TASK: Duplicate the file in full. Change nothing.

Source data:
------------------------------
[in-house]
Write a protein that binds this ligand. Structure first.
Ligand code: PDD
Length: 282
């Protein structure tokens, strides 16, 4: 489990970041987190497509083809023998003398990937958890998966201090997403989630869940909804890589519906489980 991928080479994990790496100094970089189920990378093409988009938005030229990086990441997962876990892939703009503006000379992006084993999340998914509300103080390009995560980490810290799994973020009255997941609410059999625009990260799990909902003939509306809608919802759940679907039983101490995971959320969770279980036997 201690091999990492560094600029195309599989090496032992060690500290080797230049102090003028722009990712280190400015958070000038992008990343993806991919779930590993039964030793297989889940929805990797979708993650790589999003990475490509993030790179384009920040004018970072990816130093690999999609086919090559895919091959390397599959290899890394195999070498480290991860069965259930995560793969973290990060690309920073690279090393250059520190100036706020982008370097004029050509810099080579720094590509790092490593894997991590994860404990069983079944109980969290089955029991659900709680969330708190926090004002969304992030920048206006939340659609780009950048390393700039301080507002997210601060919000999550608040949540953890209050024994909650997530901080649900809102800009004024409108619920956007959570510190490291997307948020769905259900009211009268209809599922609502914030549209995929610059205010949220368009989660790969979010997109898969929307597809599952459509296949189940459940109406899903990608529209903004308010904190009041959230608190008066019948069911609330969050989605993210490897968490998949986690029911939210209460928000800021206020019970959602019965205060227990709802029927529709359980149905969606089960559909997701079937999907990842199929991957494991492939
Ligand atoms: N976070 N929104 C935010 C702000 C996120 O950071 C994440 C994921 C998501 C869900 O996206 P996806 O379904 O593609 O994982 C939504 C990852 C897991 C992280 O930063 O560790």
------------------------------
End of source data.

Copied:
[in-house]
Write a protein that binds this ligand. Structure first.
Ligand code: PDD
Length: 282
């Protein structure tokens, strides 16, 4: 489990970041987190497509083809023998003398990937958890998966201090997403989630869940909804890589519906489980 991928080479994990790496100094970089189920990378093409988009938005030229990086990441997962876990892939703009503006000379992006084993999340998914509300103080390009995560980490810290799994973020009255997941609410059999625009990260799990909902003939509306809608919802759940679907039983101490995971959320969770279980036997 201690091999990492560094600029195309599989090496032992060690500290080797230049102090003028722009990712280190400015958070000038992008990343993806991919779930590993039964030793297989889940929805990797979708993650790589999003990475490509993030790179384009920040004018970072990816130093690999999609086919090559895919091959390397599959290899890394195999070498480290991860069965259930995560793969973290990060690309920073690279090393250059520190100036706020982008370097004029050509810099080579720094590509790092490593894997991590994860404990069983079944109980969290089955029991659900709680969330708190926090004002969304992030920048206006939340659609780009950048390393700039301080507002997210601060919000999550608040949540953890209050024994909650997530901080649900809102800009004024409108619920956007959570510190490291997307948020769905259900009211009268209809599922609502914030549209995929610059205010949220368009989660790969979010997109898969929307597809599952459509296949189940459940109406899903990608529209903004308010904190009041959230608190008066019948069911609330969050989605993210490897968490998949986690029911939210209460928000800021206020019970959602019965205060227990709802029927529709359980149905969606089960559909997701079937999907990842199929991957494991492939
Ligand atoms: N976070 N929104 C935010 C702000 C996120 O950071 C994440 C994921 C998501 C869900 O996206 P996806 O379904 O593609 O994982 C939504 C990852 C897991 C992280 O930063 O560790």